Prosecutor-General of Ukraine back during the Orange Revolution (they say he was one of the people to initiated the &quot;strong&quot; means of quelling the Maydan [protests on Independence Square in Kiev at the height of the Orange Revolution which brought current President Viktor Yushchenko to power in 2004], and former prosecutor from Donetsk Region and now - one of the prominent members of the [opposition] Party of Regions and messenger of [major Party of Regions figure] Rinat Akhmetov and Co.

{# <-- parent id goes here
Anonymous Nov. 8, 2010, 5:49 p.m.    

SBU officers who are displeased with their boss's sympathies explain this as his desire to provide &quot;for his own political future&quot;. They say Drizhchanyy saw how the Party of Regions' rating was growing and naturally foresaw the success of the Donetsk people in the election and strove to obtain their support. And so at first the intermediary between Drizhchanyy and the Party of Regions was his long-time friends Mykola Obikhod (now a consultant to Klyuyev on security issues), and later - Pshonka.

Ihor Drizhchanyy has now fully blocked the investigation on criminal case number 236 opened over criminal groups in Donetsk Region stealing VAT of nearly 1bn hryvnyas, which was used in Viktor Yanukovych's election campaign.

{# <-- parent id goes here
Anonymous Nov. 9, 2010, 1:40 a.m.    

Pshonka is an appointee of the President

what's the problem with that?

US president has the right to appoint whoever he thinks right!

so Yanni thinks Viktor is a fine fellow and why would he not appoint him to carry PROSECUTEUR GENERAL duties.


{# <-- parent id goes here
Anonymous Nov. 10, 2010, 3:39 p.m.    

Ah, yes, a little twisted sovok relic comes out - just lovely.

And says - &quot;we don't need no stinkin' democracy - we want our oligarch twisted sovok relic mafioso gangster government&quot;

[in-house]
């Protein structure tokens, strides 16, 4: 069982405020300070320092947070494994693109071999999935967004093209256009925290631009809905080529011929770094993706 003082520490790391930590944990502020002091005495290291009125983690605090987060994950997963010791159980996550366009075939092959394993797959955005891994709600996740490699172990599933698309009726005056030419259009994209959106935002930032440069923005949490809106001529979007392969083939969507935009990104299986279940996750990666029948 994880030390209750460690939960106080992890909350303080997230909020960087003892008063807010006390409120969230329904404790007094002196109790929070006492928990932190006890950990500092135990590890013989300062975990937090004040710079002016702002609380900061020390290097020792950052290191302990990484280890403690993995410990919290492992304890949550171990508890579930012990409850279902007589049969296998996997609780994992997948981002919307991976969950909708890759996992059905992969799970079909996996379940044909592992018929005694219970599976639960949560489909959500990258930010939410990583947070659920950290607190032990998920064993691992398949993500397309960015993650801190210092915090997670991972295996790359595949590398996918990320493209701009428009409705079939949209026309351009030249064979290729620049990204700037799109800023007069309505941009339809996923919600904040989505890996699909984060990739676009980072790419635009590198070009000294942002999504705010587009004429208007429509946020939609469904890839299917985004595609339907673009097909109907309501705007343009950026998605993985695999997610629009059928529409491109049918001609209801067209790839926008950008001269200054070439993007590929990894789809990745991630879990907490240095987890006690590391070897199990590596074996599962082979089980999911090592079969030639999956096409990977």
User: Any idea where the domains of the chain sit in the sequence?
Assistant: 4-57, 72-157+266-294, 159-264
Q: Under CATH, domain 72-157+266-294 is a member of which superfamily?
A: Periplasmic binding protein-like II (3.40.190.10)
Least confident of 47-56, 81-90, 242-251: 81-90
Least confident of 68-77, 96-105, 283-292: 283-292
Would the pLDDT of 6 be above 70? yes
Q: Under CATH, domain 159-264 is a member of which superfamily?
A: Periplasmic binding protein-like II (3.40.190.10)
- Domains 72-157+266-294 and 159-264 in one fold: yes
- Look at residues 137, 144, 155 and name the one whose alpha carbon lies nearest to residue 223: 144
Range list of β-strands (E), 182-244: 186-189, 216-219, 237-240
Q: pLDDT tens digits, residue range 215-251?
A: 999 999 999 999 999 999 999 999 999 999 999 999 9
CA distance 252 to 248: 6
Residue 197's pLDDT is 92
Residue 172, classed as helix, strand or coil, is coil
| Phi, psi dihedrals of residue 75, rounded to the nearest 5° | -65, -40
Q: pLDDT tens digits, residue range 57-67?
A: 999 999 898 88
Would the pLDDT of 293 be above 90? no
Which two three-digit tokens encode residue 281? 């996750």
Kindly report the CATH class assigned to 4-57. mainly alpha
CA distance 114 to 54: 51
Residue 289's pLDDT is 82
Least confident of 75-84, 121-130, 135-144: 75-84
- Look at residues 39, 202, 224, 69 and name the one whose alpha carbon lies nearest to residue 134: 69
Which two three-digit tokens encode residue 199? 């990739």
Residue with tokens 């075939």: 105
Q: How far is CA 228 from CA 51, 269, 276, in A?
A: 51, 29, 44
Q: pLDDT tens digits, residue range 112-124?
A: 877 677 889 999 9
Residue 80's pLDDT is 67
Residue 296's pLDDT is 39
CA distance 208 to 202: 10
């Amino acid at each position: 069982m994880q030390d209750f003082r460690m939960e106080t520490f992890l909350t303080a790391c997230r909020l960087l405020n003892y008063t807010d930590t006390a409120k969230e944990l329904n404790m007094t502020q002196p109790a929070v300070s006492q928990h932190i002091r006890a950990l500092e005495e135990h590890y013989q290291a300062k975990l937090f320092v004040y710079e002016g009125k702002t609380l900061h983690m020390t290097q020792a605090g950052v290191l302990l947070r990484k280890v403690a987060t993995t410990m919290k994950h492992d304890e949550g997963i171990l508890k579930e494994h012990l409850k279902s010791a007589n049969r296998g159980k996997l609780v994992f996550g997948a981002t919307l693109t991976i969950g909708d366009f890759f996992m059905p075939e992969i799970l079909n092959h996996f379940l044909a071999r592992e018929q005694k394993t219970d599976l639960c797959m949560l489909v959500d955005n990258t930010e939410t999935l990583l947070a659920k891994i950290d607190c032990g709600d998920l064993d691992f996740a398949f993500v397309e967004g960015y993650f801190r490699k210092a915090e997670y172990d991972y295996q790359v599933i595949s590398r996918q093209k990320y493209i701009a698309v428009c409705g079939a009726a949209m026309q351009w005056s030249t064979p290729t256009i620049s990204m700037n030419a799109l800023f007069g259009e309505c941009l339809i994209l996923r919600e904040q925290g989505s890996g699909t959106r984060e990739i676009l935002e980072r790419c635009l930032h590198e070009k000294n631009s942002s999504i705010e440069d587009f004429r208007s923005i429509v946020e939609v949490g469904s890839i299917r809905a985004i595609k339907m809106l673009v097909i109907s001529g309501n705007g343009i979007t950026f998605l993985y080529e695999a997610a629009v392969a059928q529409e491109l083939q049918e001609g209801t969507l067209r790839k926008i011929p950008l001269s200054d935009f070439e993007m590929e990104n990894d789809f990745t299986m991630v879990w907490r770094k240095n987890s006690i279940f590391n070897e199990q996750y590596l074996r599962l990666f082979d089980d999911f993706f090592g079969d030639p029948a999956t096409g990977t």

What's the difference? Well, in the US, government is the servant of the people, not the master. That's why there are public hearings and public scrutiny of nominees - to make sure that there is no corruption in office, and that qualified people are appointed to office, no matter what party they belong to.

In Ukraine, it's 100% corruption - and political mafioso cronies get appointed, not because they're going to do their job honestly, but because they are going to eliminate the opposition for Firtash and Akhmetov.

What's the difference? People are leaving Ukraine.

They want to go to the US and Canada for a better life.

What's the difference? Ukraine is a cancerous, rancid sewer of corruption. It should be a G8 country - instead, it is Nigeria with no missiles. Or Mexico, if you prefer. A third world country.

And little twisted sovok relic &quot;just lovely&quot; wants to live in the sewer - he likes it that way.

{# <-- parent id goes here
Anonymous Nov. 10, 2010, 7:04 p.m.    

Good summary, elmer. However, I suspect for these Party of Regions supporters, concepts like &quot;the public interest&quot; or the government being &quot;servant of the people&quot; are completely incomprehensible. To argue is a waste of time.

{# <-- parent id goes here


© 1995–2014 Public Media

Web links to Kyiv Post material are allowed provided that they contain a URL hyperlink to the material and a maximum 500-character extract of the story. Otherwise, all materials contained on this site are protected by copyright law and may not be reproduced without the prior written permission of Public Media at
All information of the Interfax-Ukraine news agency placed on this web site is designed for internal use only. Its reproduction or distribution in any form is prohibited without a written permission of Interfax-Ukraine.